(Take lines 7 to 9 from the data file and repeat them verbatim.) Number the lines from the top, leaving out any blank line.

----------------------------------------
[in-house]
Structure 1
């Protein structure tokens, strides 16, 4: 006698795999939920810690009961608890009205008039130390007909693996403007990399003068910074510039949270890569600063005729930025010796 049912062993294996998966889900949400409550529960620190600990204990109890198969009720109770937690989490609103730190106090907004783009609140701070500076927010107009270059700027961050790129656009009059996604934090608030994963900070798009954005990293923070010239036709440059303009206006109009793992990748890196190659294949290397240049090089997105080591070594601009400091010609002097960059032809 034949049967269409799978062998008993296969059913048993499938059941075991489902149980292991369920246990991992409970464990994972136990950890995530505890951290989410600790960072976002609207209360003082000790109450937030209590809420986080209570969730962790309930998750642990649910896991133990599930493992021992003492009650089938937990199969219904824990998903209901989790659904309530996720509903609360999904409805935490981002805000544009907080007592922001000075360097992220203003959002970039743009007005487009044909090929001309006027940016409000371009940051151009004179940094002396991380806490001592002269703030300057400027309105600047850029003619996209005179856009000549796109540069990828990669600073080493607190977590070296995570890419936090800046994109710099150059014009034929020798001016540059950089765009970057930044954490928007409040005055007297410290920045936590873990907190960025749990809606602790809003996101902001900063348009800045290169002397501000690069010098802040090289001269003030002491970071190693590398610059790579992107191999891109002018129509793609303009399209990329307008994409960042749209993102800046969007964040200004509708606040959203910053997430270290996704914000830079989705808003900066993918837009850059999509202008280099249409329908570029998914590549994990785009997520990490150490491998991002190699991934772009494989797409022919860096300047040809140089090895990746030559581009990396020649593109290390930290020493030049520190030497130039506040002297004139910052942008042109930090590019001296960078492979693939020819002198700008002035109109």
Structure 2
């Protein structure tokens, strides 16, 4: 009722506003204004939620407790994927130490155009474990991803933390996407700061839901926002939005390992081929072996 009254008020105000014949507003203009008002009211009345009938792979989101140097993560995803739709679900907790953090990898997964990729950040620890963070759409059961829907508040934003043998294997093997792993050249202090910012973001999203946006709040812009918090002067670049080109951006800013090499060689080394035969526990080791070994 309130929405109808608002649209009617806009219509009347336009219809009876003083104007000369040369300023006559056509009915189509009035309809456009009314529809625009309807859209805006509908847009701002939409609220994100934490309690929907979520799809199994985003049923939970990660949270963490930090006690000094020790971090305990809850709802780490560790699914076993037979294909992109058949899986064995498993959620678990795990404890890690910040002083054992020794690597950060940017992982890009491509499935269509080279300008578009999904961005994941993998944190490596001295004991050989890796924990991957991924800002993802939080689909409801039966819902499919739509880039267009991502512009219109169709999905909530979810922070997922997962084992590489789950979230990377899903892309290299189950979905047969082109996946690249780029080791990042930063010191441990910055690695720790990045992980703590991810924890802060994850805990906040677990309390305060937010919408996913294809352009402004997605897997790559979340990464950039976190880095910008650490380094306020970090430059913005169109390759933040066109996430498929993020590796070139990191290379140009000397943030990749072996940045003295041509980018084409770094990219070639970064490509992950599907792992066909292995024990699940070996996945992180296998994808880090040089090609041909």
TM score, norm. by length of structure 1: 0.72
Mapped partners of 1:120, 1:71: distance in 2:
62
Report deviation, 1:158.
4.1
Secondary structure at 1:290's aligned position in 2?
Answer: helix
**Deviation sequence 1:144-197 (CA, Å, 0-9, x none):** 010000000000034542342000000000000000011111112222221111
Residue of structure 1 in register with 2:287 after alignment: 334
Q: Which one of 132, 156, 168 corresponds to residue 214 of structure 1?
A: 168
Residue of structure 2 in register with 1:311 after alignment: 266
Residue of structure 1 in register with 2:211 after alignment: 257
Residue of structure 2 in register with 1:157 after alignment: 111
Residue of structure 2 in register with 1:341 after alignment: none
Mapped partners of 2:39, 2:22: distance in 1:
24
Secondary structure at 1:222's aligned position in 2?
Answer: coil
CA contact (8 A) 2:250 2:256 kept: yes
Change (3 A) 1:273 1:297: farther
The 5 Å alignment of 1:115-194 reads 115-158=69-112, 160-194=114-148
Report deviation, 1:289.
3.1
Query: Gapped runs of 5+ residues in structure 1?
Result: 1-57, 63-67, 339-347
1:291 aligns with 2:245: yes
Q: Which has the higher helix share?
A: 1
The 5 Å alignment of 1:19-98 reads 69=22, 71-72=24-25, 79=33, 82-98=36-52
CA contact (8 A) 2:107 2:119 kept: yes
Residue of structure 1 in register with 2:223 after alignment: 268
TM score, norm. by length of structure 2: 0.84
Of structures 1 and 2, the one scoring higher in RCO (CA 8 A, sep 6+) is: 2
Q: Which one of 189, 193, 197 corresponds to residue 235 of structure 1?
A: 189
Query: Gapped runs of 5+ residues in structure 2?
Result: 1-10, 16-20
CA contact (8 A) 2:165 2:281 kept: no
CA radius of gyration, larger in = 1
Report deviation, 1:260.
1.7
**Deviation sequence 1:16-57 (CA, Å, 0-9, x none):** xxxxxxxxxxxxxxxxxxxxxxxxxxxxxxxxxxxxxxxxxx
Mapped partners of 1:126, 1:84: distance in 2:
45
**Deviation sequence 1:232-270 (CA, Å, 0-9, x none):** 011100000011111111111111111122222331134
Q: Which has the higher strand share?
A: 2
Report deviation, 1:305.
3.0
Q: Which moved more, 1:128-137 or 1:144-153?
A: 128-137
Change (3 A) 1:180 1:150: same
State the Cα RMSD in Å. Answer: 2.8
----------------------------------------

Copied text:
Mapped partners of 1:120, 1:71: distance in 2:
62
Report deviation, 1:158.